This is one of those political-tech debates that could turn nasty.
Last week, the European Parliament’s MEP in charge of overhauling the EU’s copyright laws did a U-turn on his predecessor’s position. Axel Voss is charged with making the EU’s copyright laws fit for the Internet Age, yet in a staggering disregard for advice from all quarters, he decided to include a obligation on websites to automatically filter content.
In 2016 the European Commission proposed a new Directive on Copyright in the Digital Single Market. While there are other serious concerns about the proposals, Article 13, which sets out how online platforms should manage user-uploaded content appears to have the most dangerous implications for fundamental rights. Since then, European Parliament committees have done some good work improving the draft law — which makes Voss’ 180° spin all the more alarming.
Never mind that the new Article 13 proposal runs directly contrary to an existing EU law — the eCommerce Directive — which prohibits member states from imposing “general monitoring” obligations on hosting providers, Voss’ own party colleague and predecessor, Therese Comodini Cachia (who left to take up a seat in her national parliament in Malta), was against the idea.
The European Parliament committee for Justice and Civil Liberties (LIBE) also tried to come up with alternatives (again, drafted by Voss’ own party colleagues) that would safeguard fundamental rights by removing reference to “content recognition technologies,” and no fewer than six national governments are so concerned about the idea that they have requested legal advice.
The aim of the rule, which is in line with the European Commission’s proposals more than a year ago, is to strengthen the music industry in negotiations with the likes of YouTube, Dailymotion, etc. While laudable — of course creators should be paid if someone is making money off their work — it is ridiculous to suggest a method that would effectively undermine Europe’s guaranteed Freedom of Expression and Information, and create a new justification for widespread censorship.
According to Pirate Party MEP Julia Reda, Voss appears to have “learned nothing from the year-long debate,” and describes the move as a “green light for censorship machines.” That phrase “censorship machines” will anger (gaslight?) those in favor of stronger copyright controls, but it’s no exaggeration.
The six countries — Belgium, the Czech Republic, Finland, Hungary, Ireland, and the Netherlands — that sought advice from the Council’s Legal Service last July, asked specifically if “the standalone measure/obligation as currently proposed under Article 13 [would] be compatible with the Charter of Human Rights” and queried “are the proposed measures justified and proportionate?” Well if you have to ask…
Under Voss’ revised Article 13, websites and apps that allow users to upload content must acquire copyright licenses for EVERYTHING, something that is in practice impossible. If they cannot, those platforms must filter all user-uploaded content.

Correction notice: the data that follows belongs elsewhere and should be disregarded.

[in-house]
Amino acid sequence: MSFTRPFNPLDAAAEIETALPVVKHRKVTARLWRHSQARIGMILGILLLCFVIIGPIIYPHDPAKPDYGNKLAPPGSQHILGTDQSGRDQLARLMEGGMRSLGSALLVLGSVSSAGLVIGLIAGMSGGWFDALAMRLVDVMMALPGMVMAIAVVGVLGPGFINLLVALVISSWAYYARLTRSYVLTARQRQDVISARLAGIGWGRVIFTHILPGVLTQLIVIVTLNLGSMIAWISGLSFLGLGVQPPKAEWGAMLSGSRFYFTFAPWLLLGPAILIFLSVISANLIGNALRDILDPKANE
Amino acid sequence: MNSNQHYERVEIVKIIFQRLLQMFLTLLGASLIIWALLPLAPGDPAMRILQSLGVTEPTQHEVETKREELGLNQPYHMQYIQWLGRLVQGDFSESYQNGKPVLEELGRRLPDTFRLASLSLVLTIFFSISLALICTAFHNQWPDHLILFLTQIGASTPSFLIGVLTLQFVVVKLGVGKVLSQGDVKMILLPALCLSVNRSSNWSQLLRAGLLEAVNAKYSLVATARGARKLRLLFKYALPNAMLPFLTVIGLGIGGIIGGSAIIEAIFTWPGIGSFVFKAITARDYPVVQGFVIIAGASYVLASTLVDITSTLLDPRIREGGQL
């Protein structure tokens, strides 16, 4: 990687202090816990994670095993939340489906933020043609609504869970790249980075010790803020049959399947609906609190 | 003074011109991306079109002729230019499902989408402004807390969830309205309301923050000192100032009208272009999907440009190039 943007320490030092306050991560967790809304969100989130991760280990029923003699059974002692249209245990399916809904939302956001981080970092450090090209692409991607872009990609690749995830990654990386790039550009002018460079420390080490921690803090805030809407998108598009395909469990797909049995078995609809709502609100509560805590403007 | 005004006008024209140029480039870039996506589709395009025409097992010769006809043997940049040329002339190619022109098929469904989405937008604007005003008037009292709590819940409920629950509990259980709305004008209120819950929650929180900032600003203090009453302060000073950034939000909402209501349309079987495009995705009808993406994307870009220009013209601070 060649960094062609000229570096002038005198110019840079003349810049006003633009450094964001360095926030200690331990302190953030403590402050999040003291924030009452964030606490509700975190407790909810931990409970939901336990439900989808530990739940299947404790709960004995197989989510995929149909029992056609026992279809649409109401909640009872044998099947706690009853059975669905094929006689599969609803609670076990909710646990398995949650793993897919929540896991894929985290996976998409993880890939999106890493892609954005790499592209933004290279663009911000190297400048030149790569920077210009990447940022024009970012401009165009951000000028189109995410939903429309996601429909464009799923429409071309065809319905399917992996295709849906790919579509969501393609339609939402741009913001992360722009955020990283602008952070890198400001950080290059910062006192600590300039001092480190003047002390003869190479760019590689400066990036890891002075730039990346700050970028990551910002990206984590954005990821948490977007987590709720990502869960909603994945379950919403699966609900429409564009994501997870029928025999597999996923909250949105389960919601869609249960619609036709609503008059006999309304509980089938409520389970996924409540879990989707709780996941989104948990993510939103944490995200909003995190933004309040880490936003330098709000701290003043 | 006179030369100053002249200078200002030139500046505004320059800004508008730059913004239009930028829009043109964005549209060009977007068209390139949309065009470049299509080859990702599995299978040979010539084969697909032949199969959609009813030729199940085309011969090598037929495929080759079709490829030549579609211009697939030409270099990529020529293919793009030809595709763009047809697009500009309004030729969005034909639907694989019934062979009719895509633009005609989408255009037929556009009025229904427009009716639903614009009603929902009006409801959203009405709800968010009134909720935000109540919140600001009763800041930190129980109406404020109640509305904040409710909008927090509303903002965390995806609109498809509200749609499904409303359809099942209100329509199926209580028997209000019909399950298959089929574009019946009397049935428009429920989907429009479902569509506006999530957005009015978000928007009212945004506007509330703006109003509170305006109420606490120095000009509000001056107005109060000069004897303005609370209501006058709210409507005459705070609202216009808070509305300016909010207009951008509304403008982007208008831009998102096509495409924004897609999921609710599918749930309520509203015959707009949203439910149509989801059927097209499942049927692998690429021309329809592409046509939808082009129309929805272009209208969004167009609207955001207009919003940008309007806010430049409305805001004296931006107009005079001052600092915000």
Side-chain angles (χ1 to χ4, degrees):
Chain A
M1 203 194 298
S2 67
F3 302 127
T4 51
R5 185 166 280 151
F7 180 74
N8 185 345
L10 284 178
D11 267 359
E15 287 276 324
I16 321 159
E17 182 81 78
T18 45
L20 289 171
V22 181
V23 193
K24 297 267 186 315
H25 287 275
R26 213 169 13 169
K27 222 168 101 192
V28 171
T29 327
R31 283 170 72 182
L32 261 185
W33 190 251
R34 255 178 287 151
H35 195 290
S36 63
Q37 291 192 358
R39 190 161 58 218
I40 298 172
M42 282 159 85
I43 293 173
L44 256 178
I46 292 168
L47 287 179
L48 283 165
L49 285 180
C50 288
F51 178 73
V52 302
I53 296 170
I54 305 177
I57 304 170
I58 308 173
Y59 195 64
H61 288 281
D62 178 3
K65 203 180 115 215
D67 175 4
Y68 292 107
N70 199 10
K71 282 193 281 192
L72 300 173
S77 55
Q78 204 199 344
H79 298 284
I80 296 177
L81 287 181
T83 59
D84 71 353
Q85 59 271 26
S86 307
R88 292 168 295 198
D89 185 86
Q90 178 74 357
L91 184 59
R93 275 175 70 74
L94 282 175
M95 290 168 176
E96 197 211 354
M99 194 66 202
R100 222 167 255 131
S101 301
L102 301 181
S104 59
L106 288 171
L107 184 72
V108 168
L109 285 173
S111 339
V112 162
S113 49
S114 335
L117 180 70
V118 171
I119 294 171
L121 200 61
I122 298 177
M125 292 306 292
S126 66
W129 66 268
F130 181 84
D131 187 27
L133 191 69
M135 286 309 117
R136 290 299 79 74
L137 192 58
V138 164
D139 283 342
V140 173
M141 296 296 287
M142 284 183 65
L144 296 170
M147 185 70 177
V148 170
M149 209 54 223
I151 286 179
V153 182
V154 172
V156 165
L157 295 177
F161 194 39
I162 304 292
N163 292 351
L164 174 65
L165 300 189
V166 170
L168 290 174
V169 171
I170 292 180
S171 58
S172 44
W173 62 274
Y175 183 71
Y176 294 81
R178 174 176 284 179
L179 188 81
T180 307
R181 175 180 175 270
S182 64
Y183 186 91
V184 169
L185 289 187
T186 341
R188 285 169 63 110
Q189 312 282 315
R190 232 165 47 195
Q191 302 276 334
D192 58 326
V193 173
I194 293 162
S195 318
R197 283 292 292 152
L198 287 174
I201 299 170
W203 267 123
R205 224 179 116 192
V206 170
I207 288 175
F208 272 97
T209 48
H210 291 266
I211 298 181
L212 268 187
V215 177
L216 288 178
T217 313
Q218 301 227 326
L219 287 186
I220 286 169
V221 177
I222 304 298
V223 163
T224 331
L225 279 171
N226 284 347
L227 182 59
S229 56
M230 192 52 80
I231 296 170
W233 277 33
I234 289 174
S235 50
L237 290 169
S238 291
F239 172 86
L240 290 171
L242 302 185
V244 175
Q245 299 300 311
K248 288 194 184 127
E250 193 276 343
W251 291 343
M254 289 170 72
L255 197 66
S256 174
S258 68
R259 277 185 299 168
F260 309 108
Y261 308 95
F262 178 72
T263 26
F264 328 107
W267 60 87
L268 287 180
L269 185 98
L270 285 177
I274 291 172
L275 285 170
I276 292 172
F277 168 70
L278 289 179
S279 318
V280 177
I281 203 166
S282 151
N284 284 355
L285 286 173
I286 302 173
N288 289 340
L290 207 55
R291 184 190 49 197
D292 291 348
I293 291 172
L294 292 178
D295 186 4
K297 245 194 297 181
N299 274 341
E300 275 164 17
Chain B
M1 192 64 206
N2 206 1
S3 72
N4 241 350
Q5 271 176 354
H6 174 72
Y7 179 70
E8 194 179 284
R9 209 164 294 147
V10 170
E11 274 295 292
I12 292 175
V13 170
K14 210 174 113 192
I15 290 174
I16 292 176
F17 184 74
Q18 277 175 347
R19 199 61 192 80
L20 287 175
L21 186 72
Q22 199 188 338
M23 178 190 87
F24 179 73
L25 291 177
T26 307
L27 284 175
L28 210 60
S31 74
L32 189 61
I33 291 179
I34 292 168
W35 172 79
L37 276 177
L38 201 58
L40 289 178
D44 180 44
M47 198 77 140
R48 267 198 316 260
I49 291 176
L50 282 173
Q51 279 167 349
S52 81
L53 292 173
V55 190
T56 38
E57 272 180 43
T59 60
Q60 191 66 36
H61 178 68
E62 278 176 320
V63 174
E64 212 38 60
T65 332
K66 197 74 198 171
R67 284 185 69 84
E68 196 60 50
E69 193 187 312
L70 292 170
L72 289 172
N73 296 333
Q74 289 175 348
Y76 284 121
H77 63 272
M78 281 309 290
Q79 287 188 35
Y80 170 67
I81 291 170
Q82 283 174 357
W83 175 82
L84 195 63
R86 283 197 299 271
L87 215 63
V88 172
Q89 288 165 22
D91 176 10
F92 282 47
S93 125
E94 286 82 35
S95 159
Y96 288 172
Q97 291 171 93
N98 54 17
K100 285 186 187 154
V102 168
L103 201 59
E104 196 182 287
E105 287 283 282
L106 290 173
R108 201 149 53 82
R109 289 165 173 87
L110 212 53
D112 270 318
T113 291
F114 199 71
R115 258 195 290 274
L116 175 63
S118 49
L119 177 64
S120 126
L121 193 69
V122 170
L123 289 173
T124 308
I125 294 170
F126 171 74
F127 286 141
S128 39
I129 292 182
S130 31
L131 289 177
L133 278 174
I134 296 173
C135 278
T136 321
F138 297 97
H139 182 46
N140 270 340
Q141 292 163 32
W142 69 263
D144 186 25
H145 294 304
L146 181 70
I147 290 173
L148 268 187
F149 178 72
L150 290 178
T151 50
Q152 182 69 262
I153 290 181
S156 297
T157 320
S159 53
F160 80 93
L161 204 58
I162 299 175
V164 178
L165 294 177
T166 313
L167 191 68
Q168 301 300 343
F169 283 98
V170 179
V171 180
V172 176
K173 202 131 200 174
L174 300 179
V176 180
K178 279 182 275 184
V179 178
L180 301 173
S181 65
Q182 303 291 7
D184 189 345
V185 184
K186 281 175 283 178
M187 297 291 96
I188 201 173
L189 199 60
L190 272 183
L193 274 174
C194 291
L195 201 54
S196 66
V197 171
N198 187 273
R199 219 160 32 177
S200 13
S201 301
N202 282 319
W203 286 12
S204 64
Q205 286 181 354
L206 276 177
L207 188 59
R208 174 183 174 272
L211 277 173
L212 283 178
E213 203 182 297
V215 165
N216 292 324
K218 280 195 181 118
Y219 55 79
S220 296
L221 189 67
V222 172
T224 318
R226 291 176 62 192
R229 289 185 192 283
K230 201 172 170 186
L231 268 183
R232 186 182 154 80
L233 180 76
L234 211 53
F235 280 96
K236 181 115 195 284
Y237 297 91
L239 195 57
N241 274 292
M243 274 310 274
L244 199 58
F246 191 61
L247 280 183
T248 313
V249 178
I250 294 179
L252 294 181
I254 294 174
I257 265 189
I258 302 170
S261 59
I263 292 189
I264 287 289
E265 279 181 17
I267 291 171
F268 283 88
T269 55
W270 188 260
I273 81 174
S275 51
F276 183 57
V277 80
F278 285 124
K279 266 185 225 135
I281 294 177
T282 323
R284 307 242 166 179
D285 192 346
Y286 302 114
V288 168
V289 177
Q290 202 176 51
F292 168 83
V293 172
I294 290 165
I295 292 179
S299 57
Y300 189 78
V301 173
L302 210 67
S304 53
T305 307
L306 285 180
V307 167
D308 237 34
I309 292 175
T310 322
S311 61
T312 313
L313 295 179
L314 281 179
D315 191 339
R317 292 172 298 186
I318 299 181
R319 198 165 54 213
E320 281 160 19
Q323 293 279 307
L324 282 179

In the six countries’ original query it was pointed out that “the proposal does not provide for appropriate measures that would enable these users to actually benefit from public interest copyright exceptions. It is important to point out that certain exceptions to copyright, such as e.g. parody or the quotation right are the embodiment in copyright of fundamental rights other than the right to property.” Nothing in Voss’ so-called “compromise” will allay those concerns.
Pro-filtering advocates will say that the process is only trying to find copyright-infringing material, not monitoring all uploaded content, without explaining how you can find something without looking for it.
The truth is that this latest copyright law proposal favors the rights-holders above anyone else. But it is worth remembering, as the debate is framed as copyright Davids against big tech Goliaths, that rights-holders are very often NOT the original creators. In fact, they are hugely well funded middlemen who skim off everyone in the value chain, and will stop at nothing to protect their business model even as it becomes obsolete thanks to technology that allows genuine creators to earn money in different ways.
Ironically, rights-holders claiming to act on behalf of the creator can actually prevent the creator from making a living — the impressively-named Miracle of Sound had his own work taken down by filters set up to act on his behalf by a global rights administration network. With no humans in the loop to check, the filter didn’t realize he was posting his own work!
Copyright laws are frequently the thin end of the wedge for the erosion of fundamental rights online, so even if you don’t care who wins in the corporate David versus Goliath battle, remember the Fundamental Right to Freedom of Expression applies to EVERY citizen — let’s not let that get trampled underfoot.